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Famous Last Words: US Patent Reform (Far From) A Reality

Call it the blogger’s jinx. Like clockwork, Joff Wild at IAM writes: US patent reform may finally be about to become reality, suddenly, the entire bill starts to unravel.

First, the US Supreme Court gives ammunition to reform opponents by repeatedly reiterating the primacy of the inventor. While the USBIC’s statement was harshly criticized by some supporters, IP Biz correctly pointed out that “the rather fundamental approach taken by the Supreme Court in Stanford might be a problem for first to file and prior user rights.” This position also has the support of noted legal scholars, including patent law historian Adam Mossoff.

Then, Congressman Hal Rogers criticized portions of the bill that would allow the PTO discretion to collect and distribute fees as it sees fit, fulfilling a prediction I made a few months ago. This position was not warmly received by patent reform supporters, like admittedly conservative blogger Gene Quinn who promptly called out fellow conservatives like Rogers, and Paul Ryan for suggesting that congress provide “substantive oversight” of the patent off budget.

To perform substantive oversight? What a novel idea! Too bad that Congressman Ryan, Congressman Rogers and all of their colleagues on both sides of the aisle abdicated that oversight responsibility for so many years.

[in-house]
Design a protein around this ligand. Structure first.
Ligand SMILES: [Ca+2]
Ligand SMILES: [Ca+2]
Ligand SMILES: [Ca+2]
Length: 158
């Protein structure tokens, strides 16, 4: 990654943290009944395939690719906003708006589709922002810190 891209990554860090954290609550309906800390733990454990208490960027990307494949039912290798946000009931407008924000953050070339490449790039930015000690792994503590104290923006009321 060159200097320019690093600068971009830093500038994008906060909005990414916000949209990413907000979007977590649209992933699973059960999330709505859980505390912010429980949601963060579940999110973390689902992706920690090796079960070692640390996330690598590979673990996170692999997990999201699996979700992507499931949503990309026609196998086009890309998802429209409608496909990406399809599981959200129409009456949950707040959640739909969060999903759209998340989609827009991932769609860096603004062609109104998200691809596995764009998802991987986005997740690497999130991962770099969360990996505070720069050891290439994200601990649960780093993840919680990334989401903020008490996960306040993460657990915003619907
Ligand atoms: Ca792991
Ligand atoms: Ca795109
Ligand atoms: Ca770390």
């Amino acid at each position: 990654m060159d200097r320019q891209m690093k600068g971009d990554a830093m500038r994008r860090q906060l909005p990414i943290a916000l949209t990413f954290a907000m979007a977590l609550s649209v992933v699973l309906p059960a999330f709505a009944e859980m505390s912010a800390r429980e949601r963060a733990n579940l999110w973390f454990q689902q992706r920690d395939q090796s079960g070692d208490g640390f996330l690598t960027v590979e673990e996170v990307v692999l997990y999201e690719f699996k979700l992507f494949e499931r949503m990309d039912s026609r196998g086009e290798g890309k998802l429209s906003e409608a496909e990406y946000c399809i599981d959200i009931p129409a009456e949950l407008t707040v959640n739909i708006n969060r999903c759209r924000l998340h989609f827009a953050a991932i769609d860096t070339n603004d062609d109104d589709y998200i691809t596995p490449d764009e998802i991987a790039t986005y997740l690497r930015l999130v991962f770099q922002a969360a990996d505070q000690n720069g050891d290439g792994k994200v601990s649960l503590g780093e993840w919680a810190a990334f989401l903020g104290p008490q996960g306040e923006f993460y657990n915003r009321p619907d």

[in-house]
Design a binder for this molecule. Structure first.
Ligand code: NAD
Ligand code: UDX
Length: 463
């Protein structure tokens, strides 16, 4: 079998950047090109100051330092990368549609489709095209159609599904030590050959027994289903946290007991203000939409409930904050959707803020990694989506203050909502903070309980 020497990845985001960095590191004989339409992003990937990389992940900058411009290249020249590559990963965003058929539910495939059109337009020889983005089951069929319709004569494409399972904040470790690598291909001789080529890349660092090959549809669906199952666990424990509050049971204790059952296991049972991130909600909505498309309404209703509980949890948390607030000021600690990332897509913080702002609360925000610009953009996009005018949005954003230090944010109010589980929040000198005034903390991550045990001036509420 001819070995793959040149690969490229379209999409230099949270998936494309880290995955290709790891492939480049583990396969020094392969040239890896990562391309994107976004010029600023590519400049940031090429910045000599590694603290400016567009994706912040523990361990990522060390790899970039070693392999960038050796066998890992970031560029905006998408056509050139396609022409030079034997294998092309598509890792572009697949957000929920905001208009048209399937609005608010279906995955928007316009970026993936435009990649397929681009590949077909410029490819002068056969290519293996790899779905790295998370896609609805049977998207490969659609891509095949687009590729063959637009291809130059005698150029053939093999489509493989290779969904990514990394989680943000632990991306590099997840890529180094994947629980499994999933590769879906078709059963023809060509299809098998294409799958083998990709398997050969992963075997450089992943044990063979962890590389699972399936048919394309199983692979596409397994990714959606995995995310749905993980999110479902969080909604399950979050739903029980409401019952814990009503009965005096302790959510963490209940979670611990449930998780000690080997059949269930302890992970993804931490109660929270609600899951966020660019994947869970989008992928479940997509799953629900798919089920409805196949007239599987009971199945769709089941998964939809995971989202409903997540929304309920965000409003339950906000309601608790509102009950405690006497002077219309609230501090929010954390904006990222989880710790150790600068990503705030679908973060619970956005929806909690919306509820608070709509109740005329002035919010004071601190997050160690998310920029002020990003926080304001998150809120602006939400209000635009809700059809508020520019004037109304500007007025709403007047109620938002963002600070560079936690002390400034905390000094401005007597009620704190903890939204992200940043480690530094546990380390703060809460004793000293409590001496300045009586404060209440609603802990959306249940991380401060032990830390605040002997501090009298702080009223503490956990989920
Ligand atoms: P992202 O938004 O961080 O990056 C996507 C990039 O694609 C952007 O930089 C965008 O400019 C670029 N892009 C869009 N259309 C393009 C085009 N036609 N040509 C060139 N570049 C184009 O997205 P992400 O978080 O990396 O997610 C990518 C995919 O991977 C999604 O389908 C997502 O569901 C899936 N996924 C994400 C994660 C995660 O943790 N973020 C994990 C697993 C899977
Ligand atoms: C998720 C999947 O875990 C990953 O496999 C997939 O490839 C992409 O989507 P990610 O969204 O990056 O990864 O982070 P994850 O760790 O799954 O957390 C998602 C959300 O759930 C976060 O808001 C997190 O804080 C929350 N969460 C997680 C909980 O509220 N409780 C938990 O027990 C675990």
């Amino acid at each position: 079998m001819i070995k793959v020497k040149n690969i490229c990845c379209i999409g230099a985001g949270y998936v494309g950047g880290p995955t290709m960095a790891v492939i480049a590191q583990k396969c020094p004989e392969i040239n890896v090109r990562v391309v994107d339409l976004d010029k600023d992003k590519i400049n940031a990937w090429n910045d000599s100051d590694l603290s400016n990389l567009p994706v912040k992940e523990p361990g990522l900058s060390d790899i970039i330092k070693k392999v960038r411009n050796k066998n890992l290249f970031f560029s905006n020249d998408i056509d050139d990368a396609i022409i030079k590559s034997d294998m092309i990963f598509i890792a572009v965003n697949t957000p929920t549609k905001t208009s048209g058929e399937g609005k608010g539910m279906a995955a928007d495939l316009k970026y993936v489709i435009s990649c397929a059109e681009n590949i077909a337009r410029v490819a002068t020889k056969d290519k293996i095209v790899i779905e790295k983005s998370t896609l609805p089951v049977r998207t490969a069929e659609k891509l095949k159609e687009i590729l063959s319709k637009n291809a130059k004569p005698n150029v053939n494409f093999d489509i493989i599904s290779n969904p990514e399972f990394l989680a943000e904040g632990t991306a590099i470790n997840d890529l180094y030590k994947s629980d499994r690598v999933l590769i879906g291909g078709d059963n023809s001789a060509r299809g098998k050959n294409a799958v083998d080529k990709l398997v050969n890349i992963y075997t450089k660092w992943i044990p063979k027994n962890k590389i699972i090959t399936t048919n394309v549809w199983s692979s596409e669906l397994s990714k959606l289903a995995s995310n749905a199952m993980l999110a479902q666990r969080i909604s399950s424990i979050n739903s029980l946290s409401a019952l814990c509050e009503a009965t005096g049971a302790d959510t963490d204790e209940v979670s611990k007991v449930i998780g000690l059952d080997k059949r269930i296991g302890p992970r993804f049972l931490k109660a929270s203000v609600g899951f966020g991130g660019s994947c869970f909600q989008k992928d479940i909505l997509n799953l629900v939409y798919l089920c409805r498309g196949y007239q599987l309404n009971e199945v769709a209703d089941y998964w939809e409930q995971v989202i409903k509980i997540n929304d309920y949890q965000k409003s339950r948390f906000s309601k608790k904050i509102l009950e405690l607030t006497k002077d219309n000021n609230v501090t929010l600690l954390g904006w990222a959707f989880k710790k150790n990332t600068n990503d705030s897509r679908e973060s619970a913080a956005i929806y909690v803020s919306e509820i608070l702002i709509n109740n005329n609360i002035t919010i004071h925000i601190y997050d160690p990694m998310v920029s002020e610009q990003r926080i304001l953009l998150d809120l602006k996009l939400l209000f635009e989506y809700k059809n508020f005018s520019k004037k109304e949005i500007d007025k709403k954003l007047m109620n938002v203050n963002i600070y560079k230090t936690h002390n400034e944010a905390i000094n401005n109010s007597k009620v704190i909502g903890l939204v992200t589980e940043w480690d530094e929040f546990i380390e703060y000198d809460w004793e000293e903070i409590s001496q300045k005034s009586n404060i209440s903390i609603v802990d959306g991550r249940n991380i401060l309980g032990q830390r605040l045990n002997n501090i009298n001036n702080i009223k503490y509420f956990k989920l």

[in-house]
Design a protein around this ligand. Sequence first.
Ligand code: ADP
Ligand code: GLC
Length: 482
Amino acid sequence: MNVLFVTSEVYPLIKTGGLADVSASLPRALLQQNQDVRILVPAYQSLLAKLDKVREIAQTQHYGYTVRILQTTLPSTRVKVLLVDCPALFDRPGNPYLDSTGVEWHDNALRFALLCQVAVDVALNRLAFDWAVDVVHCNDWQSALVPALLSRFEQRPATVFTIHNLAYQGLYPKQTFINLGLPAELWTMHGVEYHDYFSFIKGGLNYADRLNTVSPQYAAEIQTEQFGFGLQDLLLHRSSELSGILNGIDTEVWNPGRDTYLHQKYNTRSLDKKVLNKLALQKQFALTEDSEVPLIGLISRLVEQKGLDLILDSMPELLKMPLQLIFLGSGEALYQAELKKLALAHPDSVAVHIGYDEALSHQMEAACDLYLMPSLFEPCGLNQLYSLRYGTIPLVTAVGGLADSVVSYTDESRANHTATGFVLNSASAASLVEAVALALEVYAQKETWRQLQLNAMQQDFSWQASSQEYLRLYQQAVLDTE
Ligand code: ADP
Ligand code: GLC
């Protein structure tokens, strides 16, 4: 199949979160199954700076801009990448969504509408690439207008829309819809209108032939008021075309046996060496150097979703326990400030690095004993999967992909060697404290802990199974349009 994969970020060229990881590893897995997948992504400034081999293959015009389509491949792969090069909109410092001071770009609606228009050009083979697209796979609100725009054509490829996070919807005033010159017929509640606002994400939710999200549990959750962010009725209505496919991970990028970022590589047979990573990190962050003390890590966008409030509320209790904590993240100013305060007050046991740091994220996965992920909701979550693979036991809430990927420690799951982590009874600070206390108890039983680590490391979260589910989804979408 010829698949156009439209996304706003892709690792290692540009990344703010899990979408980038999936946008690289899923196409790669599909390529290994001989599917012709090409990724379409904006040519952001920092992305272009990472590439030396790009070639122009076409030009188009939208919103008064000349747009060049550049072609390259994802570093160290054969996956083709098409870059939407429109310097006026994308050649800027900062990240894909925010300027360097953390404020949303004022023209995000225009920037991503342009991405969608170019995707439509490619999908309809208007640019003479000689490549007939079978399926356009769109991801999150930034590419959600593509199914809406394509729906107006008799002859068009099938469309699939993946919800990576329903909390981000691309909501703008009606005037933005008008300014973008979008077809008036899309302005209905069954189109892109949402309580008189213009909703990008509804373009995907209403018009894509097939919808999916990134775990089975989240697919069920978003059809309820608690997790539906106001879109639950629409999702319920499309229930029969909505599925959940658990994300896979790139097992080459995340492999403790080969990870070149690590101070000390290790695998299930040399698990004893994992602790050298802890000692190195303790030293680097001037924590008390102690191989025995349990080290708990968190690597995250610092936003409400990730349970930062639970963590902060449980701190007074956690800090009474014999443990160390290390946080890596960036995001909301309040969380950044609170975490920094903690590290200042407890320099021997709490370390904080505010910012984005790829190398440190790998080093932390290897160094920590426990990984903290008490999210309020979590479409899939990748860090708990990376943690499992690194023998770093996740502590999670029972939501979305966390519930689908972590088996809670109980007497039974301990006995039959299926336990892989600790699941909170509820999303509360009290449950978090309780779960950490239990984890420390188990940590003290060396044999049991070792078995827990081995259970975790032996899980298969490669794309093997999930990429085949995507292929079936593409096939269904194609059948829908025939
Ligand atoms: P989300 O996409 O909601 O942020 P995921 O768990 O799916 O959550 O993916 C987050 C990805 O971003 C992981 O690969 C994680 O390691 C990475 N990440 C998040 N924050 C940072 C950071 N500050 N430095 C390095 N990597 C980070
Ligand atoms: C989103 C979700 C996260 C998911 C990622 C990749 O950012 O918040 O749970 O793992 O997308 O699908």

Read: House Republicans Oppose Adequately Funded Patent Office

Finally, earlier this morning I saw an article from the Heritage Foundation referring to the funding provisions as a “serious flaw.” According to the think tank’s position, our elected representatives, rather than unelected bureaucrats, should decide how the money is spent.

Our elected Senators and Representatives in Congress should not abdicate their responsibility to control USPTO funding. They should not turn over to the Director of the USPTO the autonomous power both to raise and spend money, without any further legislation from Congress.[11] As James Madison said, “[t]his power of the purse may, in fact, be regarded as the most complete and effectual weapon with which any constitution can arm the immediate representatives of the people, for obtaining a redress of every grievance, and for carrying into effect every just and salutary measure.”[12] Congress should not give up the most effective means it has to influence the activities of a government agency—a requirement for annual appropriations—to the USPTO, an organization of more than 9,000 employees that collects in fees from the American people about $2 billion a year.[13]

See Patent Reformers: Don’t Give Away Appropriations Power of Congress

The status quo that Heritage is asking to maintain has resulted in a net gain of nearly $1 Billion over the past 10 years to the treasury. Is it so shocking that members of Congress would fight to keep from giving that up?

Without the funding provision, there’s really nothing to gained by passing the bill, but plenty to lose.



2 thoughts on “Famous Last Words: US Patent Reform (Far From) A Reality

  1. Congress is in the position of a trustee with respect to patent office funds. They can demand they be spent wisely, but they cannot spend them on other programs – that is fraud or theft – PERIOD

    Posted by dbhalling | June 9, 2011, 10:01 am
  2. Until reading this week’s articles on the topic, I thought that ending fee diversion was pretty much universally accepted as being the only sensible option in preventing the USPTO (an important driver of the economy) from imploding. After having read this article, I still can’t see how anyone in his or her right mind would oppose the anti-fee-diversion provisions in the pending patent reform act.

    Posted by patent litigation | June 13, 2011, 6:20 pm

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